How to Create a Print on Metal From Your Images

Today most of us are faced with numerous challenges when trying to figure out how stand apart from everyone else who is printing onto traditional media such as paper and canvas.
Although there have been many advances in paper stocks and canvas media in recent years, there weren’t too many options outside of that realm unless you were into making your own plates and emulsions for direct transfers of artworks and photographic images to unusual substrates.
Today there has been many advances in the fine art printing technology and one of the most exciting and new options is the ability to print an image directly to metallic sheet, such as aluminum, copper and stainless steel.
Deciding on how to print on metallic surfaces involves breaking down some important elements and then deciding which characteristics are more important to you.
There are 3 common techniques used today for printing onto metal surfaces.
1. UV cured printers can print onto flat substrates. This technology is expensive and can produce conflicting results depending on the machine and generation of printer. The new machines costing over $500,000 can produce spectacular results but unfortunately they are outside most people’s budget.
2. The other option is to use dye sublimation, also known as dye sub. Dye sub. This is a process of printing the image onto a thermal transfer paper and then baking the image onto the metal using a hot plate. The results can be very good but there can be a large number wasted pieces due to inconsistent results due to the variables involved. The metal also has to be coated with a thermal receptive chemical and therefore can be more expensive to produce in smaller quantities.
3. The third method of printing onto metal is the use a typical fine art printer such as the Epson printers that can take flat media and print onto the metallic substrate by coating the metal with an ink receptive chemical.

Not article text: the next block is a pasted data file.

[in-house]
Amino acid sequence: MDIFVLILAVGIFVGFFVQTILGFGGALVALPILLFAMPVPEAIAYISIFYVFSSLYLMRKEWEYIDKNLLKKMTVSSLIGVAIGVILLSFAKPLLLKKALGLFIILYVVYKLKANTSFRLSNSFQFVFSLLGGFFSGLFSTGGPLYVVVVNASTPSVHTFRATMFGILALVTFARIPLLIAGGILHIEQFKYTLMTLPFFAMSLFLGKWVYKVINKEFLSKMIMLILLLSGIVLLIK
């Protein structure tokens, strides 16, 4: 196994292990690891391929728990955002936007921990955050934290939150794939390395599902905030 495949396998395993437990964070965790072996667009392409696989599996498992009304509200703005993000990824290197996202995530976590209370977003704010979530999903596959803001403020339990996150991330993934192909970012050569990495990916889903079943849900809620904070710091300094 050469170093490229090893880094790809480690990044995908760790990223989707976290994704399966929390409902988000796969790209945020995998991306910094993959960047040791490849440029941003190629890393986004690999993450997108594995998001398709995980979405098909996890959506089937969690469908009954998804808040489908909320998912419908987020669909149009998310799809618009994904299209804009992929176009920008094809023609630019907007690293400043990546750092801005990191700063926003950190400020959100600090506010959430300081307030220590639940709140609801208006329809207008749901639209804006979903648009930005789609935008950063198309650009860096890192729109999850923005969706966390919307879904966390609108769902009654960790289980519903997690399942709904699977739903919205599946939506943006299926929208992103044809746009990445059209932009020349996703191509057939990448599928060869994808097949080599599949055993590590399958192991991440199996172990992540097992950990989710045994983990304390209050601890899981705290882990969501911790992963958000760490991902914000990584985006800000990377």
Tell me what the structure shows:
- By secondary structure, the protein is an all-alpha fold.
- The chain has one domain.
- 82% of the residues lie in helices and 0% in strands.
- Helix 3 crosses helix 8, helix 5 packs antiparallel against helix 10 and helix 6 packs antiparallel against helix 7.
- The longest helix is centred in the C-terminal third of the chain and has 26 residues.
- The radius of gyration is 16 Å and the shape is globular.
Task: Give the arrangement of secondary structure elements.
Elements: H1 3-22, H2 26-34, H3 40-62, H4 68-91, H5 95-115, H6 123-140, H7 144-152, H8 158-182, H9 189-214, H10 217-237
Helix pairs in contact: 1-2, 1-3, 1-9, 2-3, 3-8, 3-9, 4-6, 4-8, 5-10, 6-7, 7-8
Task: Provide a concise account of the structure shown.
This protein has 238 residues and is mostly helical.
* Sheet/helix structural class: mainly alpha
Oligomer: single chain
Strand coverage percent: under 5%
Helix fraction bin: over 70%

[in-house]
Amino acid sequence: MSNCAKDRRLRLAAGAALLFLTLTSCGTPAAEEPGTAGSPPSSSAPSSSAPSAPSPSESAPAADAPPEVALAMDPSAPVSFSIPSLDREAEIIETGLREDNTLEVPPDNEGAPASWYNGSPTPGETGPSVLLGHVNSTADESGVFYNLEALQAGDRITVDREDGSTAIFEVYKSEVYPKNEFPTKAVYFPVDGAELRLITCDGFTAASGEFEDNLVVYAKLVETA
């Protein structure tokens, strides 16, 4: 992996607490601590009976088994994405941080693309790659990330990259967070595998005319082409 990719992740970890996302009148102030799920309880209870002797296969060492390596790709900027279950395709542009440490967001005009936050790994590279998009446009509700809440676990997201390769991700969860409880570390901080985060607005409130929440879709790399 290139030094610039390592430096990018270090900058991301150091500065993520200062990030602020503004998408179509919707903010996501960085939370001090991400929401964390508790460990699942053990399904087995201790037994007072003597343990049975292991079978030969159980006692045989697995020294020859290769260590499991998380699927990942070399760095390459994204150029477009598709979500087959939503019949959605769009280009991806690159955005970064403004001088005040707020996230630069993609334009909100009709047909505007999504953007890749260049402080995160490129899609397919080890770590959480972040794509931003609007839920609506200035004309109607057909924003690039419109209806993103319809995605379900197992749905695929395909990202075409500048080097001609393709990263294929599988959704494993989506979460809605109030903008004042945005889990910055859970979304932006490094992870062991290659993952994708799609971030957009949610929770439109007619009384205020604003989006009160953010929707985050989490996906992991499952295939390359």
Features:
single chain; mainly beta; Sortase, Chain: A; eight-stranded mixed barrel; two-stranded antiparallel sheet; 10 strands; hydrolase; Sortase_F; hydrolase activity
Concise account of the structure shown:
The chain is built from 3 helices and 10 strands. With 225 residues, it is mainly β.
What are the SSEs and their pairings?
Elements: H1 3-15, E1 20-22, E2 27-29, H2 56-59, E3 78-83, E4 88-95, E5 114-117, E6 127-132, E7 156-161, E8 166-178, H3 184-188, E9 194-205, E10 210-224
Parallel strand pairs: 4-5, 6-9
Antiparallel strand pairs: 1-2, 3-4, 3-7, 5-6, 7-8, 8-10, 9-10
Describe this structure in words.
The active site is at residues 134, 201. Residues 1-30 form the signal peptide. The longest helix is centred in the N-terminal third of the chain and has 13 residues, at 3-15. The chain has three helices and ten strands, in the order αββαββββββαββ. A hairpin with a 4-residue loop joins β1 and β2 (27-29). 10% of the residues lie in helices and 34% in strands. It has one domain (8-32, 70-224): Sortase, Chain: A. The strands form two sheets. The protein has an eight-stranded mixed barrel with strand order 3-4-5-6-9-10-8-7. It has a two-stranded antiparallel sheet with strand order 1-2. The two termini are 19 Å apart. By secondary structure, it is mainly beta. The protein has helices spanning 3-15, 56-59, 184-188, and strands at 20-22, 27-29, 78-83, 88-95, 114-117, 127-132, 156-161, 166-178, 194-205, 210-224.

This process is for the most part the highest resolution but due to the sensitivity of the water based inks and coatings involved can be tricky at times. The results are stunning when using this method but the only major drawback is the fact the print has to be coated afterwards with the solvent based protective coating to seal in the inks.
This can be tricky to apply cleanly and evenly unless you have a good spraying technique and environment.
As pointed out here, there are options for direct printing onto any metallic surfaces however the one you will chose depends mainly on your expectations and budget.
The UV cured option is probably the most economical if you can find a supplier with such a machine but there may be issues such as banding, not to mention the resolutions may be low into the 400-600 DPI range for older machines.
Despite the various issues involved with each of the methods discussed above, direct printing to metal can be a very exciting and unique way to reproduce your photos and artworks.
The most common substrates are aluminum, stainless steel, copper as well as brushed metals.
You can practically print onto any other metal combination provided it can be fit into machine.
Epson printers will not accept any media thicker than 1.5 millimeters and for flat bed printer you can go as thick as 2 inches in some cases.
I encourage you to explore this new and exciting new printing technology and I am sure you will be very pleased with the overall results.